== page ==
For last few years, I have been reading quite a few Japanese authors and I am in love with ways, Japanese writers handle emotions. Most of the folks I know are in love with Murakami, but frankly, I did not like his works. The Japanese author that I love is Kazuo Ishiguro, and now after reading this, I will be adding Yoko Ogawa to that list.
If you visit Varanasi and go to Assi ghat, there is a quaint little bookshop which goes by the name “Harmony book store”. I have been frequenting this bookstore since class 10th or so. It’s been almost 20 years, the owner always has the best recommendation, in fact, “The professor and the housekeeper” was recommended by him.
The story revolves around a sexagenarian mathematics professor and his housekeeper, and her 8 years old son. Everyday conversations between the housekeeper and the professor, are around numbers. Prof loves it when especially if there is a prime number involved. Now if you are a geek or engineering background, you would love all these number references. How to find beauty in a prime number. The emotional aspect of the story is high, it unfolds like a lotus, presenting us ordinary existence of a housekeeper and the professor, yet their extraordinary existence.
“Soon after I began working for the Professor, I realized that he talked about numbers whenever he was unsure of what to say or do. Numbers were also his way of reaching out to the world. They were safe, a source of comfort.”
Through the pages, we learn about housekeeper’s son, whom prof calls as the root cause of his thick tuft of hair. Together they share a bond and mutual love for baseball. But the crux of the story is that Prof had an accident a few years back and owing to that his memory lasts only 80 minutes. To cope up with this, he uses sticky notes on his jacket.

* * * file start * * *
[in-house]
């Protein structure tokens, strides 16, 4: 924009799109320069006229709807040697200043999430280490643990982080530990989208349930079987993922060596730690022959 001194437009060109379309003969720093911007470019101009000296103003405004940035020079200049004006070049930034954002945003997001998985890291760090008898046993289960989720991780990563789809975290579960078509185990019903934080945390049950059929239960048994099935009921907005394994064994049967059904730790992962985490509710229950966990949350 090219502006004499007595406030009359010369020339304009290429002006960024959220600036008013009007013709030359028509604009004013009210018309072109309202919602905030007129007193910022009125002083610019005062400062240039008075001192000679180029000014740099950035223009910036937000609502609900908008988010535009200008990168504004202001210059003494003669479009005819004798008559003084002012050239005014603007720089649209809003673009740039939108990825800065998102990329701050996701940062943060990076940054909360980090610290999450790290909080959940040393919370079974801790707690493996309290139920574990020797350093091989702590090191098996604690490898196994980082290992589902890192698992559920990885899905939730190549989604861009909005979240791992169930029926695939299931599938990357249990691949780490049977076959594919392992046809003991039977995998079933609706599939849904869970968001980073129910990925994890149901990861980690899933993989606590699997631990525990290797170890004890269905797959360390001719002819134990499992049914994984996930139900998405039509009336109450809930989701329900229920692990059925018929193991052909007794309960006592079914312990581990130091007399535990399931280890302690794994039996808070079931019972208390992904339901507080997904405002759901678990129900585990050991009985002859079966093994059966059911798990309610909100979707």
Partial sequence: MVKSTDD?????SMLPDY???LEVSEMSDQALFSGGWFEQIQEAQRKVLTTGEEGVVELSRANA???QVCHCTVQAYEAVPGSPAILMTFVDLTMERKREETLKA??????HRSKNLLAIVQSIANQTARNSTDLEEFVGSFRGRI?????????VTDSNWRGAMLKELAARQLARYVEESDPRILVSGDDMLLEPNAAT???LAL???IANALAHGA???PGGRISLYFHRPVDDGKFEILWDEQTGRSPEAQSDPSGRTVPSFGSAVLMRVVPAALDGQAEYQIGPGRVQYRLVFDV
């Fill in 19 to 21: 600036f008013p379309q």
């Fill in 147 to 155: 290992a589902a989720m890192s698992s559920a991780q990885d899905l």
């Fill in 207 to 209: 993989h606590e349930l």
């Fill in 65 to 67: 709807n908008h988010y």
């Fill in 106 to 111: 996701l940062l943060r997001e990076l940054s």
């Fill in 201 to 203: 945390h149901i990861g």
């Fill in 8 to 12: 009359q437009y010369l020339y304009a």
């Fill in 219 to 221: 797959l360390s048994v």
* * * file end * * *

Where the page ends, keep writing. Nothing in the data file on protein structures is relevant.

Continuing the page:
Every morning the housekeeper will have the same set of questions
What’s your shoe size?
When is your birthday?
It was the sheer pleasure of going back to numbers, looking at them in an intuitive way to decipher their mystery. A few years back I remember seeing the documentary about the Cambridge Prof who solved Fermat’s last theorem. Here we had ‘the most beautiful mathematical equation’. Read the paper in the link, by Stanford mathematician Keith Devlin.
This quote from the book perfectly sums it up
“…The pages and pages of complex, impenetrable calculations might have contained the secrets of the universe, copied out of God’s notebook.
In my imagination, I saw the creator of the universe sitting in some distant corner of the sky, weaving a pattern of delicate lace so fine that that even the faintest light would shine through it. The lace stretches out infinitely in every direction, billowing gently in the cosmic breeze. You want desperately to touch it, hold it up to the light, rub it against your cheek. And all we ask is to be able to re-create the pattern, weave it again with numbers, somehow, in our own language; to make the tiniest fragment our own, to bring it back to earth.”
Now I am waiting to watch the movie, and waiting for book depository to deliver Yoko Ogawa’s another classic “The memory police”.